2022-09-02

4 ways to future-proof your business by using the right subscription tools

No one can predict the future. But as economic uncertainty and major data tracking changes loom, now is an important time for brands to prioritize future-proofing their businesses by developing strategies to minimize the effects of any potential downturns. Recurring revenue from subscription models can be a great way to generate predictable, long-term income. As a best practice, focusing on maintaining solid relationships with customers and ensuring a superior customer experience will help retain them in the long run. During hard times, it will be the most loyal customers who stay committed to your brand. Plus, with acquisition costs rising, focusing on retaining current customers is a much more sustainable option. In this post, we’ll share how you can future-proof your business by building a strong subscription model that attracts subscribers and show you the tools you need to do it. 1. Focus on Subscribers First, rely on subscribers, as they are the most loyal and valuable customers who chose your brand over numerous competitors. Keeping these customers is critical for brands, as it is much less resource-intensive than acquiring new customers. Build your growth strategy around gaining subscribers’ trust, delighting them with exclusive membership perks, and allowing them to advocate for your brand. Throughout the subscription experience, provide flexibility and transparency to establish trust with customers. Specifically, demonstrate transparency by displaying details of what the subscription program entails, emphasizing that customers have the authority to change, skip, or cancel their subscription at any time. You can offer the most relevant subscription options by analyzing customer buying behavior data; for instance, monitor your customer’s average frequency selection when deciding which subscription option should be defaulted on the product page. Offer flexibility from the beginning by allowing customers to adjust the cadence in which they would like to receive the product and how much of it. Letting customers choose the quantity and frequency of their subscriptions solidifies this trust. Your customer won’t feel like they have to fully unsubscribe because they can mold the subscription program to their specific lifestyle, ultimately increasing your retention. That way, you’ll avoid losing valuable customers just because they needed fewer products during a certain month. [tip]See how brick-and-mortar staple Grind scaled DTC sales 50x in 3 months through subscription selling.[/tip] 2. Create a Brand Engagement Hub Transform your brand’s customer account portal into an engagement hub to increase retention and lifetime value for subscribers. Providing access to a consistent, branded customer portal helps develop strong relationships with customers which plays a critical role in retaining them long-term. Customize your customer’s account portal to adhere to your brand guidelines and craft an experience that aligns with the products that you are selling. Intuitive, straightforward tools built directly into the portal empower customers to serve themselves independently and make them more likely to continue doing business with you rather than switching to a competitor. Frictionless account management gives customers the opportunity to manage their subscription journey the way they see fit with intuitive options to gift, skip, swap, or send now. Having an easy customer support function within the customer account portal is mutually beneficial for your brand and your customers, as it saves your Customer Service team’s time and leaves customers satisfied. Typically, customers would rather solve an issue on their own without needing to contact a customer service representative. So saving them time and avoiding any frustrations further decreases the likelihood of them churning. 3. Build Brand Champions Take your subscriber’s loyalty and expand on it as much as possible with customer loyalty features that give customers a reason to come back. This includes subscriber-only promotions and discounts, exclusive gifts, early access to new products, and one-time add-ons. As a best practice, use retention data to create a strategic subscription program. For example, use a retention cohort analysis to determine if you are offering too high of a discount on first subscription orders. Merchants may find customers canceling their subscriptions after the first order when the subscriber discount is too high. By keeping a pulse on these metrics, merchants are able to course correct by getting rid of large, upfront discounts and instead, reward subscribers based on loyalty. Help improve average order value by placing strategic upsells based on data that identified top-performing products or products commonly purchased together. Then recommend these products for a tailored customer experience. Offer early releases of new products and allow loyal subscribers to give feedback, making them feel even more special and valued as customers. Try giving subscribers “X% off of their X order,” free products with orders, or birthday gifts. Create brand awareness with referrals and gifting features built directly within the account portal. Aim to get loyal customers to continue to buy your products, buy more products, and gift products so that your brand awareness extends to friends and family. Many brands take advantage of referrals like “Give X, Get X,” where if you refer a friend, you each receive a discount. Not only does this ensure that subscribers directly benefit from their referrals, but also that friend now has the ability to try your product and later on subscribe themselves. This creates champions of your brand who continue to spread the word and love to friends and family. 4. Littledata and Smartrr Having subscription management software that fits with your main data reporting tool is critical in subscriptions. Google Analytics and server-side tracking give you the first-party tracking you need to understand your buyers and make data-driven decisions that benefit your store. You can use a subscription tracking service to see complete sales data, including one-off purchases, subscriptions, and refunds. Using Littledata and Smartrr as your subscription management and analytics stack allows you to: Calculate marketing attribution for all transactions, including recurring orders Set up custom dimensions to calculate LTV Use information to strategically use upsells, gifting, add-ons, and more Send Smartrr subscriptions data to Facebook Ads via the Facebook Conversions API Conclusion Each of these strategies helps to build a solid foundation to retain customers and ultimately, future-proof your business. Make strategic business decisions by tracking the key performance indicators that drive your business, such as average order value, sales by specific product, churn over time, lifetime value, and subscription revenue growth. Retain customers by crafting a seamless experience through a consumer-focused subscription program with an intuitive account portal that includes features to engage subscribers and build brand champions. Retaining your highest lifetime value customers will help solidify recurring revenue from subscription models and ensure predictable, long-term income. This is a guest post from Anna Jacobson, Marketing Associate at Smartrr—the premium subscription app for DTC Shopify brands. Built with your end consumer in mind, Smarter increases brand engagement and LTV with a variety of out-of-the-box subscription models, a beautifully branded subscriber account experience, member-only benefits, and more.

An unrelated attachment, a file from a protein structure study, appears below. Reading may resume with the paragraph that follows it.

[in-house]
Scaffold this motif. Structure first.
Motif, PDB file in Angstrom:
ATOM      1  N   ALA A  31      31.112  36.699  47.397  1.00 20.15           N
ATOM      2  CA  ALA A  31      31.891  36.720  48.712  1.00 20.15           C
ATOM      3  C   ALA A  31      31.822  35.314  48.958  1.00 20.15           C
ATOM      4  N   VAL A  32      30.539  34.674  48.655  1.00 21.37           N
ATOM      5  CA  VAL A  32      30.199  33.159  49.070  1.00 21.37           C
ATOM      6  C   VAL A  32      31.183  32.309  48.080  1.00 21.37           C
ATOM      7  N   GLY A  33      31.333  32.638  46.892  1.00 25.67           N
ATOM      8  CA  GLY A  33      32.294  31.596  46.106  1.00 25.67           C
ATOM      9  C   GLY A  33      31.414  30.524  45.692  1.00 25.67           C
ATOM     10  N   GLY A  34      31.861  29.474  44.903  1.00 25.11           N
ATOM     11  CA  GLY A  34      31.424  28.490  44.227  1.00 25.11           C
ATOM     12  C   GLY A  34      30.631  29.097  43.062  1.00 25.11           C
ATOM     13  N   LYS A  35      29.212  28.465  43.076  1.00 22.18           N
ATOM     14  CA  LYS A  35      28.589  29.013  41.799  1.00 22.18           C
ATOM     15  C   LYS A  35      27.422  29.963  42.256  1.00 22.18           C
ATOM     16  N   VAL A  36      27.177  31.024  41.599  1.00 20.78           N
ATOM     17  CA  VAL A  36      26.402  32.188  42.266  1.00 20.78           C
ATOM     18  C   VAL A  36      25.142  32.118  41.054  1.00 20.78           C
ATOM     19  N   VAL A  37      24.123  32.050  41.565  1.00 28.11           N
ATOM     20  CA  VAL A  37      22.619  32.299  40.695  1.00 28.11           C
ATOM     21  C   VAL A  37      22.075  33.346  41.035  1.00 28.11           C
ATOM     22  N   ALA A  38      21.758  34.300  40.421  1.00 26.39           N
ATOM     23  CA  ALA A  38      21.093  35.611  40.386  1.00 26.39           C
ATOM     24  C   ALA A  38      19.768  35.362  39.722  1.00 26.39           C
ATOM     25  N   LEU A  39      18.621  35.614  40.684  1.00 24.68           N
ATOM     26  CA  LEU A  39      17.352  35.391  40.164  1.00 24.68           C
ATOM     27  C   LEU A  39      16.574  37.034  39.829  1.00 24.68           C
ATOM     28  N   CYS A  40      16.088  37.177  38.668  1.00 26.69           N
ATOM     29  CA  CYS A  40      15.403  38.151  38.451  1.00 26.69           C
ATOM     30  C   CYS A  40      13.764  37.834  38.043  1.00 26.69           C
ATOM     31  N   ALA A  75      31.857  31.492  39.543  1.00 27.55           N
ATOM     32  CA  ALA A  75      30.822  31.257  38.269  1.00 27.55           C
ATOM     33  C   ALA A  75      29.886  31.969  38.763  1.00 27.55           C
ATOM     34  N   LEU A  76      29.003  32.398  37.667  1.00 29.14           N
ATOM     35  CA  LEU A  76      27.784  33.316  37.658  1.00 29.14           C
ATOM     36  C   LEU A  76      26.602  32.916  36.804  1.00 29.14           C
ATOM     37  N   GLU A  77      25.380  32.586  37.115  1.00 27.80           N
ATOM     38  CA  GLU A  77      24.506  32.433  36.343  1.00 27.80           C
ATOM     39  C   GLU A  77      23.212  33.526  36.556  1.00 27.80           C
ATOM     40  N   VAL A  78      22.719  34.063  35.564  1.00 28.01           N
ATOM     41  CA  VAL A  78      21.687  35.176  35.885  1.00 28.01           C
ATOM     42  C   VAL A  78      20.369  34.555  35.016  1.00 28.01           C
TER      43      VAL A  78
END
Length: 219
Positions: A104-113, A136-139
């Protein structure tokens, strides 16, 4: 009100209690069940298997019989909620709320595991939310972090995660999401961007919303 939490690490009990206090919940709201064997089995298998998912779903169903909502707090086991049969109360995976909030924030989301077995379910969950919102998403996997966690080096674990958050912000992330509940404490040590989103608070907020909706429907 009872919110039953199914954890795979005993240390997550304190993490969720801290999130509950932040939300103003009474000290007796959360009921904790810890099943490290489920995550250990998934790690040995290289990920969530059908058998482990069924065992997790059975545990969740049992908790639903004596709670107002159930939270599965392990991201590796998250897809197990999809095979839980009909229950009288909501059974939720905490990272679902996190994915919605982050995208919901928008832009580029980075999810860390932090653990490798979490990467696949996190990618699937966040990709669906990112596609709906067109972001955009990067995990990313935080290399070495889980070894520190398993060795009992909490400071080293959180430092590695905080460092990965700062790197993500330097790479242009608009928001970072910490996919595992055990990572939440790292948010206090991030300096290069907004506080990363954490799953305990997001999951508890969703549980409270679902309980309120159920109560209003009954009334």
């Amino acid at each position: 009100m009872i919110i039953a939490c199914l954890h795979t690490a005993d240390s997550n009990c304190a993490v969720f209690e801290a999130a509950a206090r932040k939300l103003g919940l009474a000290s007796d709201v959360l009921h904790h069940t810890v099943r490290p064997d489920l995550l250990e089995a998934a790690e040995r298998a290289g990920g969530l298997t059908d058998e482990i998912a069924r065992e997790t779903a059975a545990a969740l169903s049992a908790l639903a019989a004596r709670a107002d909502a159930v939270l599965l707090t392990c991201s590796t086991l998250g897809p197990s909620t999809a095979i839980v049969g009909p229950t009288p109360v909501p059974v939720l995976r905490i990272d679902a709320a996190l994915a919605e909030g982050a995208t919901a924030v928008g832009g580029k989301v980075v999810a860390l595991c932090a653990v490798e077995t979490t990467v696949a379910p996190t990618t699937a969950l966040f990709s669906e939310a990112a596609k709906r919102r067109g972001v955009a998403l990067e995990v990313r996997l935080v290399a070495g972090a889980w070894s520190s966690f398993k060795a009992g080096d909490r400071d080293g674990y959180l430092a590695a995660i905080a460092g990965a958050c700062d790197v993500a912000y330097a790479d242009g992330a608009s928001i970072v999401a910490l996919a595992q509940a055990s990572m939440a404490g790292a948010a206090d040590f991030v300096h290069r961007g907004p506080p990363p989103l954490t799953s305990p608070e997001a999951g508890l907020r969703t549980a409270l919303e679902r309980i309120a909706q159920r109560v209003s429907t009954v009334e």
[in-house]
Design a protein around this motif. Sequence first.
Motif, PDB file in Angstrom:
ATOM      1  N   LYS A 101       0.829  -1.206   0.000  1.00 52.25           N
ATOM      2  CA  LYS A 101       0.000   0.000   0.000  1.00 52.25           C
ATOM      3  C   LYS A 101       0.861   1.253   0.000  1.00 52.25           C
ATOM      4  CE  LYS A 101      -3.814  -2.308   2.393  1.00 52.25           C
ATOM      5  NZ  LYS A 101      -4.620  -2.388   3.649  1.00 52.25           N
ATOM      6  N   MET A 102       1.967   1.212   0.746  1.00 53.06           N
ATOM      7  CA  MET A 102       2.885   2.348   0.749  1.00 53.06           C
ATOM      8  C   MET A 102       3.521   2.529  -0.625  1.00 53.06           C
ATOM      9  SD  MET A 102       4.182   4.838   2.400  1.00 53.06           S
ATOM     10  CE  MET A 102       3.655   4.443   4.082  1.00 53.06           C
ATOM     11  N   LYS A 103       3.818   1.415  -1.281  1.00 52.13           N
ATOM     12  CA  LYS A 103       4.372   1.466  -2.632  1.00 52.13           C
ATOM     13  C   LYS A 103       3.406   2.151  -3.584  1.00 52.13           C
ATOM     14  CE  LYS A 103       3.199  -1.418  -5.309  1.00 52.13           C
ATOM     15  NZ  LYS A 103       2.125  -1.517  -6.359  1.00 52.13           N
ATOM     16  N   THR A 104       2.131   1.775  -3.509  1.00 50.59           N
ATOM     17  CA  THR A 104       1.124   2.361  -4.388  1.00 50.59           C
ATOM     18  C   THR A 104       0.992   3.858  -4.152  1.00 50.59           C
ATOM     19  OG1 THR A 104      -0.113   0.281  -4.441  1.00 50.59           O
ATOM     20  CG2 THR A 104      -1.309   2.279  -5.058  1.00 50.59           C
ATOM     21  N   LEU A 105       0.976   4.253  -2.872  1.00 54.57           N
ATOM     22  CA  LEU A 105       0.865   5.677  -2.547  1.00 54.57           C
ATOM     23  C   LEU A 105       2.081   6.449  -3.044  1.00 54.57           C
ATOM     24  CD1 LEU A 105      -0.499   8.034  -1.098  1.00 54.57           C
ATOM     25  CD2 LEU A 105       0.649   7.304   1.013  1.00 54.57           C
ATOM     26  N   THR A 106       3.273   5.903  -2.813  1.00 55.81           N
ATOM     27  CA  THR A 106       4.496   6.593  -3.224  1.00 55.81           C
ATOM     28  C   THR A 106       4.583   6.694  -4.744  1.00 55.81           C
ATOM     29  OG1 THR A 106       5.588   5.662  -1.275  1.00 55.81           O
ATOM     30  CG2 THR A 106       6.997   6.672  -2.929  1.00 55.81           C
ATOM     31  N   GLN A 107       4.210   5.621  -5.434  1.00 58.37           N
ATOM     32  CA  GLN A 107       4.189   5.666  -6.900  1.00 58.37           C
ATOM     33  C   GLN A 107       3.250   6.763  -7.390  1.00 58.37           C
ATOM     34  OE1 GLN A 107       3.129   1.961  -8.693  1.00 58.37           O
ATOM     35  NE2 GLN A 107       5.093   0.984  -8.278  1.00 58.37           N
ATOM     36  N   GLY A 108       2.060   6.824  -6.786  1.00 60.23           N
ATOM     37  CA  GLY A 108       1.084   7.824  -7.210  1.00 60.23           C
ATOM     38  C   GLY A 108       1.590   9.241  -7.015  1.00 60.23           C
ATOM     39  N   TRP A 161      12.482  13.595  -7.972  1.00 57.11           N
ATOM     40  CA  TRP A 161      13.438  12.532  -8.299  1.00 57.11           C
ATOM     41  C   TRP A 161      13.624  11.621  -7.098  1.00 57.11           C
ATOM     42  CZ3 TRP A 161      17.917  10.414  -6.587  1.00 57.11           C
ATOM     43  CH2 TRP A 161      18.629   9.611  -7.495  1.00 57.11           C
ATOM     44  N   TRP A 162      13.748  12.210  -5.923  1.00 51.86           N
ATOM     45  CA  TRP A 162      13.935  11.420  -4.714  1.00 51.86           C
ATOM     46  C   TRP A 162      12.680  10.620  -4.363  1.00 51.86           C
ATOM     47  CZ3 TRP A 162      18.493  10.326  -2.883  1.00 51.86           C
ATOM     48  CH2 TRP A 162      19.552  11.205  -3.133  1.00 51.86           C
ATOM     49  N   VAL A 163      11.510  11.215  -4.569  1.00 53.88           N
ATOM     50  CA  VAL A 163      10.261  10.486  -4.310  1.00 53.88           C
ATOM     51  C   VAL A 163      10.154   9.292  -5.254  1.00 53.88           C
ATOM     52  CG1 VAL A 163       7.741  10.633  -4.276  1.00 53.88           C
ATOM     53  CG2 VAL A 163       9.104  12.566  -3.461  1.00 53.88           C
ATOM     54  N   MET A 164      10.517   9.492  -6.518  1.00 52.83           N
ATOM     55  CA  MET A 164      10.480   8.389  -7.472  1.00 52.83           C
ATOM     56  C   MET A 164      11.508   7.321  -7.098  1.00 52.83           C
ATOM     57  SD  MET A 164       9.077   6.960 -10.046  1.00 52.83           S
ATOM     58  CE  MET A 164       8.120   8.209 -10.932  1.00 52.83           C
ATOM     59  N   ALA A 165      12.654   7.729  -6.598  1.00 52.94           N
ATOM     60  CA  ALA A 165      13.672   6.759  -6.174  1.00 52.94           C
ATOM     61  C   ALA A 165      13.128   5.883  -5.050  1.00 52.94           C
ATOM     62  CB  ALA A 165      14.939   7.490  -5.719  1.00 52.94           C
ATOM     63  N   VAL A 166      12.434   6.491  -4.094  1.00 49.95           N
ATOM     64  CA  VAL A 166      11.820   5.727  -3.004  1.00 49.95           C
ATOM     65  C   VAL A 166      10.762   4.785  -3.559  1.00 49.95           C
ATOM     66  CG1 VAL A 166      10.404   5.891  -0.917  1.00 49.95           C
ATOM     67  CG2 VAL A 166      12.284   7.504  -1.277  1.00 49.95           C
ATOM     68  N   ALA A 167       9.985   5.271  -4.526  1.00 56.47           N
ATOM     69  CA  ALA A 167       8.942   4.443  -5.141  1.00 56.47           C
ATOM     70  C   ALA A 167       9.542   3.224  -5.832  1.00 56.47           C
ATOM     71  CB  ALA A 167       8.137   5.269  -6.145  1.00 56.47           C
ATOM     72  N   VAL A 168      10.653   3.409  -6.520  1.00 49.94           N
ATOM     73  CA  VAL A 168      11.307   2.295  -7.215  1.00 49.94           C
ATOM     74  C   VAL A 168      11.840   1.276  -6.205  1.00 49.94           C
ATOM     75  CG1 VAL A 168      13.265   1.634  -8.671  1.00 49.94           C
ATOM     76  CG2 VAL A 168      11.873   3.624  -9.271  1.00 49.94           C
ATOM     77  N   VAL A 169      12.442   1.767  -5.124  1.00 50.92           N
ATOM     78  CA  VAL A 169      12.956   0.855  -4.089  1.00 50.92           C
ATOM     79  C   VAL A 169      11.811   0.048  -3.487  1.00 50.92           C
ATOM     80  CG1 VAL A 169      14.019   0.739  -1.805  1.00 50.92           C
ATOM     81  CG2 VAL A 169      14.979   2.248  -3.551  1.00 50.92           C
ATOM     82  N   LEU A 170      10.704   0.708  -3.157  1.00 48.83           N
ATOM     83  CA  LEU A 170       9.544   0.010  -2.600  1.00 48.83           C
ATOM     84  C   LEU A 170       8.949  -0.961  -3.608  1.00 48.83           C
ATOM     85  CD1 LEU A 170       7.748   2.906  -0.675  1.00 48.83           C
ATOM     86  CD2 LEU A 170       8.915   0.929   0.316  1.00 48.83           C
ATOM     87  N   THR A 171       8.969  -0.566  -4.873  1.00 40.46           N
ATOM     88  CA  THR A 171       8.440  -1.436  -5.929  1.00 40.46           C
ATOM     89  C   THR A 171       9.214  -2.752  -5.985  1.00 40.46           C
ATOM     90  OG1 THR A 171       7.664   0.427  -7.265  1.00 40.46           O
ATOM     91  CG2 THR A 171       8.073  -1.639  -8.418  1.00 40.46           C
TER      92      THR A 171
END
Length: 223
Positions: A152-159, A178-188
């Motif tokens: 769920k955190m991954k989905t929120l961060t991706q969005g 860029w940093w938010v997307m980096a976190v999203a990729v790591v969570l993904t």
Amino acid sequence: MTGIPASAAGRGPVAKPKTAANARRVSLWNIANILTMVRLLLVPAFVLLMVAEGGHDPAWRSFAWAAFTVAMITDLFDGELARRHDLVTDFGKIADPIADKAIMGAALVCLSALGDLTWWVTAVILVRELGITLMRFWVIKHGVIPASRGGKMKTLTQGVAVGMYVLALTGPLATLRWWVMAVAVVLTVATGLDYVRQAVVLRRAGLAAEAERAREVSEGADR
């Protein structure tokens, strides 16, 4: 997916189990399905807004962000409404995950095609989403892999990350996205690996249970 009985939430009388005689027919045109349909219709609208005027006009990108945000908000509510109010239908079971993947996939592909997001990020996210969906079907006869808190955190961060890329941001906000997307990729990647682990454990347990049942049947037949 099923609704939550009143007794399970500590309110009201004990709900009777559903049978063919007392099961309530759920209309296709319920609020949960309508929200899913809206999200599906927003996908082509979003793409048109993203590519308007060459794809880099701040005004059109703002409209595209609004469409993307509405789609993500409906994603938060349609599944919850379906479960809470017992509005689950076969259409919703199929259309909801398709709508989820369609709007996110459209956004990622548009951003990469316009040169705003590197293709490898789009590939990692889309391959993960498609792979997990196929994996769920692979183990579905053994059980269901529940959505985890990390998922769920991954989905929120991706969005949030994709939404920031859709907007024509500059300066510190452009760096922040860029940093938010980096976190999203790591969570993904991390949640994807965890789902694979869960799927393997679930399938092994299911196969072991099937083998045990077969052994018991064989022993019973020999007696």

2022-08-30

Try the top-rated Google Analytics app for Shopify stores